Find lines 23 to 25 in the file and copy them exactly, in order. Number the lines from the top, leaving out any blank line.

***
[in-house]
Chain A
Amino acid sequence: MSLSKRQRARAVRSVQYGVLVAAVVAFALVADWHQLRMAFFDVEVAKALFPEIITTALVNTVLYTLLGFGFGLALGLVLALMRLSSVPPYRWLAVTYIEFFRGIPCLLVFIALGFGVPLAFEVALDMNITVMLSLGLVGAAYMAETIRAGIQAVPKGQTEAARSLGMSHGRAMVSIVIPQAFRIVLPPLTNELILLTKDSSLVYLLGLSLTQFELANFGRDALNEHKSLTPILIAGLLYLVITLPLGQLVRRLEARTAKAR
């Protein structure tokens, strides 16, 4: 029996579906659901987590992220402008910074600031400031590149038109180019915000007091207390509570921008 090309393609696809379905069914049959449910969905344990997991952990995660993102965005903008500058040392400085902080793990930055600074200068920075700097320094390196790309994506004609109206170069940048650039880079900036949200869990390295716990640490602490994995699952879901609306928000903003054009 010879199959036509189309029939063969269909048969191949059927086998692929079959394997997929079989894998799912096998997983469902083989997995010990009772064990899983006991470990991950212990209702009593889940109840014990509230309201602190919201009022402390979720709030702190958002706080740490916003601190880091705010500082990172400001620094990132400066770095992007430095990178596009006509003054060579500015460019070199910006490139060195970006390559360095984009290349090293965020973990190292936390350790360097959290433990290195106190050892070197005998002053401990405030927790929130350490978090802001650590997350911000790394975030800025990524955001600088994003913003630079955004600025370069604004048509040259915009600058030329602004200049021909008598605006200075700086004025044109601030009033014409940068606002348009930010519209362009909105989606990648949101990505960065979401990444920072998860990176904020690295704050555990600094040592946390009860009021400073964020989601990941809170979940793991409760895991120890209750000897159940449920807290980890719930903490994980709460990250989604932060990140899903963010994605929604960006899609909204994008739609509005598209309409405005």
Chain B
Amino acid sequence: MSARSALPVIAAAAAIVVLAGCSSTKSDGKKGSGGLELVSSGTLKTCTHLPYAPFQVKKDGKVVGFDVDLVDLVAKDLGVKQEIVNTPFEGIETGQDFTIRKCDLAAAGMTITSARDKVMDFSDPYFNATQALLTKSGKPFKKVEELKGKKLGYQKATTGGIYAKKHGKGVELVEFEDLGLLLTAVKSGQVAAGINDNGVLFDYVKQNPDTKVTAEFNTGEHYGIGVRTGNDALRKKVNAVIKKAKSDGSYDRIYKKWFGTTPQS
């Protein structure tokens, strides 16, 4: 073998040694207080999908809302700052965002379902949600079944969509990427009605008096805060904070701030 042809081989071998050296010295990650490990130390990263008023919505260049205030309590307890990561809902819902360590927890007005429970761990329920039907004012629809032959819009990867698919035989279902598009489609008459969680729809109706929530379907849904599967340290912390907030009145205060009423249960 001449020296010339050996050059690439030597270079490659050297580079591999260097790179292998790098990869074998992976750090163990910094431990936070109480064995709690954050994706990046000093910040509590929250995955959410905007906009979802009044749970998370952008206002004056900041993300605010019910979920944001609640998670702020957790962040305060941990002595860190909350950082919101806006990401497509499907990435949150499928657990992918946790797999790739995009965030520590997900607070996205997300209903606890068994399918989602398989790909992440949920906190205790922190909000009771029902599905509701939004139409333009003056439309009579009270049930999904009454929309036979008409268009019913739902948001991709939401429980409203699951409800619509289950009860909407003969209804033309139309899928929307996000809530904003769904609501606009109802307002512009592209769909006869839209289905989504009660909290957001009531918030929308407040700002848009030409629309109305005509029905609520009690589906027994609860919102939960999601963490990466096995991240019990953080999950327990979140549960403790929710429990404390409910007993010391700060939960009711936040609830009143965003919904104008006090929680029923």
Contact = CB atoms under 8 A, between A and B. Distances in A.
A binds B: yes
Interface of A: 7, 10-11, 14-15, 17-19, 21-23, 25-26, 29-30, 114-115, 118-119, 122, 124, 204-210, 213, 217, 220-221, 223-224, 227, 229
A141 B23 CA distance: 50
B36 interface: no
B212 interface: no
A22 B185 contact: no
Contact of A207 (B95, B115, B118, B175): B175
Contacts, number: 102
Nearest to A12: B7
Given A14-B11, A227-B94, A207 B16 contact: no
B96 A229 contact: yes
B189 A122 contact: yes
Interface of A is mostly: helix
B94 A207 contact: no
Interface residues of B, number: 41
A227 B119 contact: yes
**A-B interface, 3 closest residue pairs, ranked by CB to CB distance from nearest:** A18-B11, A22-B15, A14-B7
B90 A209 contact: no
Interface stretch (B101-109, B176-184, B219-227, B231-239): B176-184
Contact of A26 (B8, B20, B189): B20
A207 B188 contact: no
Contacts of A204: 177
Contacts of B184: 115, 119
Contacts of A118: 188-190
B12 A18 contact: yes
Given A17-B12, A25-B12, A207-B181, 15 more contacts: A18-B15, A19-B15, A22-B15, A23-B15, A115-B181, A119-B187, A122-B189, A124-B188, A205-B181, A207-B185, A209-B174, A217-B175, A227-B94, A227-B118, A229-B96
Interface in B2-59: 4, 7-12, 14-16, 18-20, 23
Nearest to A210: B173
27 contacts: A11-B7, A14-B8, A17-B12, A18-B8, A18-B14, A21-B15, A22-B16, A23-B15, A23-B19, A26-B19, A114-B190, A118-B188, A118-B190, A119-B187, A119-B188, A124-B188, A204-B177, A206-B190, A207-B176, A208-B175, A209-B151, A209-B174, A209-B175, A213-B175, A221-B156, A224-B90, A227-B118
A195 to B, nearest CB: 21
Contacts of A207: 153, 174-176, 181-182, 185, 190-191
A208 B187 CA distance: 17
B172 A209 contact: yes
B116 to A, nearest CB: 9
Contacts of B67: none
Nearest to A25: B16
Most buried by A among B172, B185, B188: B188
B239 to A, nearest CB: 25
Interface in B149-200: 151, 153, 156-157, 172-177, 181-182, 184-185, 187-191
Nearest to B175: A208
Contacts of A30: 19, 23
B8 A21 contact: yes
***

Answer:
Interface residues of B, number: 41
A227 B119 contact: yes
**A-B interface, 3 closest residue pairs, ranked by CB to CB distance from nearest:** A18-B11, A22-B15, A14-B7